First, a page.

The big fail of metal and wood type is that the physicality of each letterform can work against best practices of typography, in particular when it comes to kerning. To kern type is to set each sort so that it forms visually pleasing words and sentences that don't distract the viewer from the message they convey. Before the digital age, this was painstakingly done (though very often NOT done) by hand, though I would argue it should still be done by hand/mouse on the computer as well.
I'm looking specifically at wood type capital letters from my collection that came to me with evidence of this practice.
Notice the cuts within the base of each letter and then notice the letter itself. What do they have in common? These letters have a great deal of negative space that doesn't print. A large part of improving your typesetting is developing a sense of what part of your sort will print and what part will create a space on the page. These forms have been cut so that they can snuggle next to a letter that has also been trimmed.
Good examples of this are capital letters that have extreme angles like A, V, Y and W.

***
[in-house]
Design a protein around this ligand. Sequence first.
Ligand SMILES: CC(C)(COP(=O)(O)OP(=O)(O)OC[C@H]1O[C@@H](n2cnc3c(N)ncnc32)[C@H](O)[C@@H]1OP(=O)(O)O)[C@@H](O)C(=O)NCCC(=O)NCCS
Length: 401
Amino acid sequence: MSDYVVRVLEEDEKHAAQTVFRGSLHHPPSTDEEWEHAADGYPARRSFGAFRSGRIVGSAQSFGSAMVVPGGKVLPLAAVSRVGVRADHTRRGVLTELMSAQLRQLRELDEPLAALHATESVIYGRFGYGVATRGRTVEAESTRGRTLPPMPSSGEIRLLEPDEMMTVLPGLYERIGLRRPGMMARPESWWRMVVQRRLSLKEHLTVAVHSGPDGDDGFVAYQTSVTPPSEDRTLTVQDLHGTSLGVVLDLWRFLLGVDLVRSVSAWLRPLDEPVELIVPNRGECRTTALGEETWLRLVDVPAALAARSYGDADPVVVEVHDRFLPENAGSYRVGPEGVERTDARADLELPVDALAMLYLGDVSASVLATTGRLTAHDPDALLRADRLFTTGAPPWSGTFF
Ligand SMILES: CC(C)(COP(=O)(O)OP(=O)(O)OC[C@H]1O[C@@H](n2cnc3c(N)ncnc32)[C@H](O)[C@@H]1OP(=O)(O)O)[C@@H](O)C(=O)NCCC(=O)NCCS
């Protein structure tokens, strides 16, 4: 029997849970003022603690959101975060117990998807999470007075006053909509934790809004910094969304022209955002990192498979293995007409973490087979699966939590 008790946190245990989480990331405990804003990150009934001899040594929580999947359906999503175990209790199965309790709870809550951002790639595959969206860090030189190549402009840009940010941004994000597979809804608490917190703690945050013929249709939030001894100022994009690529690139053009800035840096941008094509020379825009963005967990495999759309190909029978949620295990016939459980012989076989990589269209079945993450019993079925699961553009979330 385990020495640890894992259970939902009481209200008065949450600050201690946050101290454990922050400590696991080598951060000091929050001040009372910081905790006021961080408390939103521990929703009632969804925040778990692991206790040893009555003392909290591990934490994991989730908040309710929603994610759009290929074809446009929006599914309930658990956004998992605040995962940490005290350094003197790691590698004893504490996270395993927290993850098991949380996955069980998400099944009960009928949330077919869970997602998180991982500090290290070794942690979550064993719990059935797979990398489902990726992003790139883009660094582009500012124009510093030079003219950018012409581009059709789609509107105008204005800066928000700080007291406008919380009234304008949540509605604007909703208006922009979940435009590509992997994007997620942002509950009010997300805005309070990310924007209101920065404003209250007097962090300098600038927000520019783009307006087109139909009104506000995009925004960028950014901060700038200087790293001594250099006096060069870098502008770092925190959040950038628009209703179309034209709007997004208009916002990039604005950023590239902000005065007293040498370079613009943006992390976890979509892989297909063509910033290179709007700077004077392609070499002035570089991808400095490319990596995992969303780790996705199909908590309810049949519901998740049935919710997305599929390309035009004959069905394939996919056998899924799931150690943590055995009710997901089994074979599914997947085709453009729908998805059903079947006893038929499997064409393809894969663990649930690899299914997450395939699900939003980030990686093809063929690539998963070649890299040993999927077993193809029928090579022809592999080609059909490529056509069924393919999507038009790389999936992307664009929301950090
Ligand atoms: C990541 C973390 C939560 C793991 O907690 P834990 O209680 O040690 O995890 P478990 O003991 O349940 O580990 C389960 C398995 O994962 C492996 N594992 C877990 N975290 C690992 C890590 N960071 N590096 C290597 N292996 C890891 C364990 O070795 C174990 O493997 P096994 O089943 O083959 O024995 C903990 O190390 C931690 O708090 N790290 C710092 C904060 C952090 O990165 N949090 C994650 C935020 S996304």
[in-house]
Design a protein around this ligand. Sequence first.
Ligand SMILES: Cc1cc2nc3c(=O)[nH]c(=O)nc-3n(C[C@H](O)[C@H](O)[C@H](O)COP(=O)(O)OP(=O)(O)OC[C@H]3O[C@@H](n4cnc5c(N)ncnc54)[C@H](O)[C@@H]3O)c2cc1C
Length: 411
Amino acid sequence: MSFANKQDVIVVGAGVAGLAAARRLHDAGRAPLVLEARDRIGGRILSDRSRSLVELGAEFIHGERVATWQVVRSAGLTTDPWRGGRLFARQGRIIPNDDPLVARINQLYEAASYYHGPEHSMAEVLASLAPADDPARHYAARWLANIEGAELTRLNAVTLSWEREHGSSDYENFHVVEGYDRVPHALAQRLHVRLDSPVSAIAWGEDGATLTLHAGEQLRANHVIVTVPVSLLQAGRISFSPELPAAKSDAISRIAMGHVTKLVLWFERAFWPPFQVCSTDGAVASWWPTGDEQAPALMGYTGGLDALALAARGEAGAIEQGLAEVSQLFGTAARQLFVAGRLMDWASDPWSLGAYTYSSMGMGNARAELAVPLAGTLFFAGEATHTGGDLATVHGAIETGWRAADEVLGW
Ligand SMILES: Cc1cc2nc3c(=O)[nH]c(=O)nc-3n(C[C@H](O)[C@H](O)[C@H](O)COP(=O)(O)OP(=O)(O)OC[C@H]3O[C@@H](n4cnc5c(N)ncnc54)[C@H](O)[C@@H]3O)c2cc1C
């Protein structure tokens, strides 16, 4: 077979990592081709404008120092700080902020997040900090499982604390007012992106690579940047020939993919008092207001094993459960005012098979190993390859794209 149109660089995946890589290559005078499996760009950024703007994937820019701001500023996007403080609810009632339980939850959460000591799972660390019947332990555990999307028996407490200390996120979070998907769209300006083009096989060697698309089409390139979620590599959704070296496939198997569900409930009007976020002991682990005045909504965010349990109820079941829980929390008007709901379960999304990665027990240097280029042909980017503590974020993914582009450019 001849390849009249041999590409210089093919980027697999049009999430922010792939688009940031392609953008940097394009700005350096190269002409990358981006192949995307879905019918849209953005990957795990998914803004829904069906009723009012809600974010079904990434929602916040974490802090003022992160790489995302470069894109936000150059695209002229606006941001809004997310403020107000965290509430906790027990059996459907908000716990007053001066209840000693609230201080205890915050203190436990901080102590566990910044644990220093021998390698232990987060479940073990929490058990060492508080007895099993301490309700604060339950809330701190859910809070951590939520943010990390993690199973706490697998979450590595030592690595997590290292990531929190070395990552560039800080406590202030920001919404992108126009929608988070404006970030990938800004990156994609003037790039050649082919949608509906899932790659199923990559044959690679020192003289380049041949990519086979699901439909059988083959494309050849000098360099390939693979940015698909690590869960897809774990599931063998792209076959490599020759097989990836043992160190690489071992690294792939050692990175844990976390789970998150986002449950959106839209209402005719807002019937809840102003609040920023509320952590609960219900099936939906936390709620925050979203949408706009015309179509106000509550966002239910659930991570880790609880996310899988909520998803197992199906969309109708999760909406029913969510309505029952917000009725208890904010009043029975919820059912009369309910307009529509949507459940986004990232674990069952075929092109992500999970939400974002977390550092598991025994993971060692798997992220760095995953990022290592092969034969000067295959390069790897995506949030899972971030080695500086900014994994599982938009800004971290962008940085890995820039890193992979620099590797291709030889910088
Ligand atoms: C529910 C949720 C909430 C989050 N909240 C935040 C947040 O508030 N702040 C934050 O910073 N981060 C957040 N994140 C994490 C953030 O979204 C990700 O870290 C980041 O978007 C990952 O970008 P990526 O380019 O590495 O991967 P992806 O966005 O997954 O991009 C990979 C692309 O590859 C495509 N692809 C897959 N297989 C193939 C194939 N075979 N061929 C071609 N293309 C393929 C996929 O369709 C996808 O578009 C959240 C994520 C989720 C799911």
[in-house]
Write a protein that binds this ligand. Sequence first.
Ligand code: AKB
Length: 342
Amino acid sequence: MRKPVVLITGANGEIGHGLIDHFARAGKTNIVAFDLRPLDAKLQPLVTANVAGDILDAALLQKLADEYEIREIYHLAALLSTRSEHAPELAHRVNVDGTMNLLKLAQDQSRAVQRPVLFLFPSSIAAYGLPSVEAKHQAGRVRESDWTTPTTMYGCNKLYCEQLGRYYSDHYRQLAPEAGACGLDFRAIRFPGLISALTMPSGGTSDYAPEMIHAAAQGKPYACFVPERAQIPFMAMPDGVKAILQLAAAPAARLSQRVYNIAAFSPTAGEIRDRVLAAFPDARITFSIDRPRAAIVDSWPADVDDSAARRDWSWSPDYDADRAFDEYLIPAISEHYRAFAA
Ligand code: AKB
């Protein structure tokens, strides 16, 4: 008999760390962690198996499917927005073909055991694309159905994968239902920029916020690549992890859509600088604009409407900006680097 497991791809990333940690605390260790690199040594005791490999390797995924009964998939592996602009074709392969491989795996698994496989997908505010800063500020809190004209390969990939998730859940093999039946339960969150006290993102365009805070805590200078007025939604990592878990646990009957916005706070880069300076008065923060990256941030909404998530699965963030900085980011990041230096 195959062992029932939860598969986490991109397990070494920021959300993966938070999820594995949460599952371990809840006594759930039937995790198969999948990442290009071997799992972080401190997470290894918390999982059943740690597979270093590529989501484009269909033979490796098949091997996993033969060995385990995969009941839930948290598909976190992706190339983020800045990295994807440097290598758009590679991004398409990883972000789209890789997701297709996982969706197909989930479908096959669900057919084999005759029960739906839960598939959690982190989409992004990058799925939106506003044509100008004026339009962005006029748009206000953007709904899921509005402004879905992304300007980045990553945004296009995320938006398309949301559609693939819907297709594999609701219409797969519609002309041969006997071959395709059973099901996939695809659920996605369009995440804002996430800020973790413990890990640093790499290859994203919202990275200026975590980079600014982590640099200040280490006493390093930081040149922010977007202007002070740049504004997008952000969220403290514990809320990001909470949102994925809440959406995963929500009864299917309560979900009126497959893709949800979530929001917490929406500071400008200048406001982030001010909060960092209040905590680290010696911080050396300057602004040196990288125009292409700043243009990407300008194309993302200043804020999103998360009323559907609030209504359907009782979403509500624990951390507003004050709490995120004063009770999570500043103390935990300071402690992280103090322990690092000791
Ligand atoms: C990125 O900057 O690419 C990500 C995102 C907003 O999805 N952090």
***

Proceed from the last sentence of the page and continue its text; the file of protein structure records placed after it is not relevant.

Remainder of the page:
Above you can see two sets of the AY combo, as well as the kerning cut into the letters on the left. Without this there's a ridiculous amount of space between the two.
But this is my favorite example:
While still not quite right, the kerns cut into the bottom letters are a step in the right direction. With a little more effort, I kerned the rest of the word to improve it.
Here you can see that in order to make the letters feel like a word at the top, the rest of them have to be spaced to a ridiculous degree. The bottom is more reasonable but could be a little tighter, and I could trim out more space on the middle A to make this happen.
My preferred method of 'surgery' is a bandsaw because of the detailed cut I can get. I don't like cutting down the long side of these diagonal letters as you never quite know what will be next to it in the future and if you leave it 'squared' then it'll still butt nicely to its neighbor. And if it's too close then you can insert leads/slugs to space it out.
I can often tell if a piece is printed from wood type vs. digitally-set-to-look-like-wood-type because of the kerning. A computer allows for easy kerning pairs and eliminates much of the pains of hand setting type (though not all.) If you are printing wood type and wish to fool me into thinking it's digitally set (ha!) keep tweaking your kerns to make those awkward spaces disappear.
AND... consider this permission to cut/trim your wood type to improve typesetting!